A Theology for Hipsters (Part 19): Hipster Hot Topics (Part 6)

Christian Liberty

 I spent much of my educational work studying a particular figure from Christian history: the great protestant reformer Martin Luther. Luther is an interesting figure because he is at once both courageous and ridiculous. He was a crass man and many times over the top in his speech and his responses. Yet he was a man of boldness and devotion to Scripture. I couldn’t help but be fascinated by him. One of my favorite quotes from Luther has become a bit of a motto for me. Regarding Christian liberty and freedom in Christ Luther states, “Love God and do what you want.” It’s a great statement and one that I firmly believe echoes the sentiments of Scripture. It doesn’t mesh well with the legalism of the Fundamentalists, but it connects powerfully with their aging youth. For the average Christian hipster the discovery that there is Christian liberty is an amazing release into an enjoyable lifestyle.

It usually begins, for young Christians with freedom to smoke (pipes, cigars, or cloves) and drink (usually stout beers and scotch). These vices are usually considered sins by their Fundy parents, but hipsters indulge in them with freedom, often citing passages like Jesus’ turning water into wine and that “what goes into a person does not defile them, but what comes out does.” We’ll look with some detail on this subject later but it is increasingly a liberty found among Christian 20 somethings, for better or for worse. As was the case with Luther some of my most enjoyable and thoughtful theological conversations have come while sharing a pitcher with friends and fellow pastors.

Experimentation in style and clothing is a major hot topic for hipsters as well. The suits and neck-ties, denim jumpers and stockings have all been traded in for retro and vintage clothes. Their loafers are kicked off and their feet slip into a pair of Converse Chuck Taylors, or TOMS shoes. Unique personal expression is often found through clothing for the hipsters, but it is precisely this type of expression that most concerns Brett McCracken. He spends page after page of his work critiquing, analyzing, making tertiary snide remarks and generally mocking the clothing “obsession” (as he sees it) of today’s Christian Hipster. McCracken comments:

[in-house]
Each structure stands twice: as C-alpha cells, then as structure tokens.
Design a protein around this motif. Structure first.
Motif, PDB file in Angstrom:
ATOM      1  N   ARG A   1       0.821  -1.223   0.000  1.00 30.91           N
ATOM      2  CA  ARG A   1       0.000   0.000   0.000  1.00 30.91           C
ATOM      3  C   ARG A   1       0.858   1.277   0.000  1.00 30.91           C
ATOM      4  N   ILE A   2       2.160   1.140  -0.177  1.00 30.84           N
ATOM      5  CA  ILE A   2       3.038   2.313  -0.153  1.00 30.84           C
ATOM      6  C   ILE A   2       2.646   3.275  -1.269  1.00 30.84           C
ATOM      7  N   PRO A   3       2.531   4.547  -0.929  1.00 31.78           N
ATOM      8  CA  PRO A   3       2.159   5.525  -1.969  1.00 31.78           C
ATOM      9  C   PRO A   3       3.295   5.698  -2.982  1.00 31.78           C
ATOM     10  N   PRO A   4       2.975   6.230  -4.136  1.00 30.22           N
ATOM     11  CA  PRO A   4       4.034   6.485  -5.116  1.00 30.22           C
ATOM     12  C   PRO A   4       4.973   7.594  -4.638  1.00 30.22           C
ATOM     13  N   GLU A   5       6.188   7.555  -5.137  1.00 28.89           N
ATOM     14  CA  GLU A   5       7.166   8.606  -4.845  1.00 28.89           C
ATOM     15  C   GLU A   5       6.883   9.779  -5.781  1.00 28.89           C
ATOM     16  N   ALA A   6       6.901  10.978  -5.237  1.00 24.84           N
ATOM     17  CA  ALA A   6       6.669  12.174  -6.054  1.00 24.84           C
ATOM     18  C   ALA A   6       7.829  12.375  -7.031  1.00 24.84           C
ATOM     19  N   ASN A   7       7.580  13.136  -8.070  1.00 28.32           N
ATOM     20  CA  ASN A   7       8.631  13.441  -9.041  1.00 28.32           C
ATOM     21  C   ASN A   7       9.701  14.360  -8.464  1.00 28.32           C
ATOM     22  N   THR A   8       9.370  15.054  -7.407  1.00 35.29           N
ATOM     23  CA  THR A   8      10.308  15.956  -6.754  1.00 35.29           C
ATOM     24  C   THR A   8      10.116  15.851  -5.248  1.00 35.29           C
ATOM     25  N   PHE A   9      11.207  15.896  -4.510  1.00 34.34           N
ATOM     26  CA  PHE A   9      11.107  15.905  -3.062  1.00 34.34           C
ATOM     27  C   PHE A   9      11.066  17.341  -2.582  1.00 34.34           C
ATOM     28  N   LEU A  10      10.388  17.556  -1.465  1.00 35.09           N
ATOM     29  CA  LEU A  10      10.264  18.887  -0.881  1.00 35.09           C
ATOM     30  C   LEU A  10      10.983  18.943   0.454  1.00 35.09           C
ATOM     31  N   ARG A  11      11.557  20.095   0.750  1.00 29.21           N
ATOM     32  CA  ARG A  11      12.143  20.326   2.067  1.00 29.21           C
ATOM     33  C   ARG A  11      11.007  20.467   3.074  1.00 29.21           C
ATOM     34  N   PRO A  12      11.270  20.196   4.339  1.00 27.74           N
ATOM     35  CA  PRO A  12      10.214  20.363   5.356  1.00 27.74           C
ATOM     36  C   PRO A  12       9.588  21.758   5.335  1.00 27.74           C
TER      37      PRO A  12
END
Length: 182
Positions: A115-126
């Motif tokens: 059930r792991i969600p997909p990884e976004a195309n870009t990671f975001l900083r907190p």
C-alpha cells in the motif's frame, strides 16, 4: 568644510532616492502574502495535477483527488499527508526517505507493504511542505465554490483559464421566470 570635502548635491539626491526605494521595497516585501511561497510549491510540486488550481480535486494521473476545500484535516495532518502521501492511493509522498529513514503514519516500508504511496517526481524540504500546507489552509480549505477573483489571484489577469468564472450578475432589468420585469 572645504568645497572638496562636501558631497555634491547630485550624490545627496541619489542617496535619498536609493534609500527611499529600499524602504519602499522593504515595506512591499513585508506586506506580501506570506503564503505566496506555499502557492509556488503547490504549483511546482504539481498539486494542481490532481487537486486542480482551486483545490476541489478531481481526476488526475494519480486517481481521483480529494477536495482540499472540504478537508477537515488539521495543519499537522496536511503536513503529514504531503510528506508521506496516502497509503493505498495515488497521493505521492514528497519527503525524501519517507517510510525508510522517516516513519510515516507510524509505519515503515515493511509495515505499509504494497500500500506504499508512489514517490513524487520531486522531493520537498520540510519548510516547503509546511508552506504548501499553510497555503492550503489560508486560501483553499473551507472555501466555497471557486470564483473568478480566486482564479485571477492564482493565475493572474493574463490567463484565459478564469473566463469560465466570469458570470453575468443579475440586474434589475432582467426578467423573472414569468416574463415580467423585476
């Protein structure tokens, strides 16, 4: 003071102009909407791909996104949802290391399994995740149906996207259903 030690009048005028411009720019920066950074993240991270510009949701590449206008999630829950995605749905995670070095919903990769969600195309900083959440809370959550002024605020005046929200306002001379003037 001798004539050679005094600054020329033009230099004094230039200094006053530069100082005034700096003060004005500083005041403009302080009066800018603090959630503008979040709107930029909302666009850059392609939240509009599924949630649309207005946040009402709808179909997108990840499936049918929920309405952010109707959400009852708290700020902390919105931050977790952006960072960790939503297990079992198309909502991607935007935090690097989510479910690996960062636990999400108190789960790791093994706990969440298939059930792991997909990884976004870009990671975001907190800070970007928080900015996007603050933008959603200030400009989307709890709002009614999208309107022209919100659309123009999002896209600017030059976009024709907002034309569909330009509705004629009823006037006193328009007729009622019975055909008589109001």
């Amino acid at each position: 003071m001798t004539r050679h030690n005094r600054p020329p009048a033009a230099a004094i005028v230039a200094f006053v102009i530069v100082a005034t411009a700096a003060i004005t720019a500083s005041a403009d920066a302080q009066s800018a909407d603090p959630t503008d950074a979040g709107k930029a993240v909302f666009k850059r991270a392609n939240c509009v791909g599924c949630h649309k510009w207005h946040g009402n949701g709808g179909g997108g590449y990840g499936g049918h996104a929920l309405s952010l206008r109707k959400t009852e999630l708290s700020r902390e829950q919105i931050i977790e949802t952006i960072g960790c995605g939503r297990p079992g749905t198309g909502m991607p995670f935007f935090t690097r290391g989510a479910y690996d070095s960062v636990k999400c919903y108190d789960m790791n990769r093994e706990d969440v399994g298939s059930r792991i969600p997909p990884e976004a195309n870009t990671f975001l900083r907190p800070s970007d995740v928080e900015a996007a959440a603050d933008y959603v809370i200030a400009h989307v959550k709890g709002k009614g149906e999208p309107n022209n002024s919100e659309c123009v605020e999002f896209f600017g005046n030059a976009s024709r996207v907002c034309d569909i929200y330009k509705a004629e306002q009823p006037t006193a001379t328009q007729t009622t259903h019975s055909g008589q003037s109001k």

For the church or Christian trying hard to be cool, image is of the utmost importance. This very self-conscious endeavor requires wearing the trendy clothes, sporting the right haircut, and having the coolest design.

He goes particularly hard after, what he terms, “wannabe hip pastors.”

The wannabe hip pastors can be spotted a mile away. They are firmly entrenched in their mid thirties or forties, and yet wear clothes from Hot Topic, Hollister, Element, or Ed Hardy. They have the requisite ever-changing arrangement of scruffy facial hair, and they frequently sport earrings or (if they are really committed) tattoos. They wear tight-fitting clothes, a lot of black, and often don thick-rimmed glasses. The ones who are not bald spend a lot of time on their hair, frequently sculpting it into a spiky variation of the faux-haw. The more daring wannabe hip pastors might even wear jewelry or wallet chains. All of them care very much about shoes.[1]

We can again see McCracken’s assumption: that people don’t actually like this style it is all an attempt to appear “cool.” Clothes have long been a means of personal self-expression. So you shop where you shop, wear what you wear, and like what you like because it has both aesthetic and lifestyle appeal to you. Yet McCracken is unwilling to acknowledge that this could be true of Christian hipsters. They are merely interested in clothes for the sake of “cool” points, according to him. Even his assumption that a thirty or forty-year old could not like clothes from specific stores is a strange presumption. Why is Hollister or Hot Topic (which sells mostly kitschy t-shirts) a store for only teenagers? I am not sure McCracken has thought through some of his prejudices here. If it is true that Hipsters are finding new ways of self-expression, now that they are free from the oppressive thumb of Fundamentalism, then clothing seems as likely a place to experiment as any other. And there is nothing inherently sinful or selfish in this form of self-expression, despite McCracken’s conjecture.

In this realm of Christian liberty there is one other area where Christian Hipsters are parting ways with their forefathers: politics. More on that next week.


[1] McCracken.

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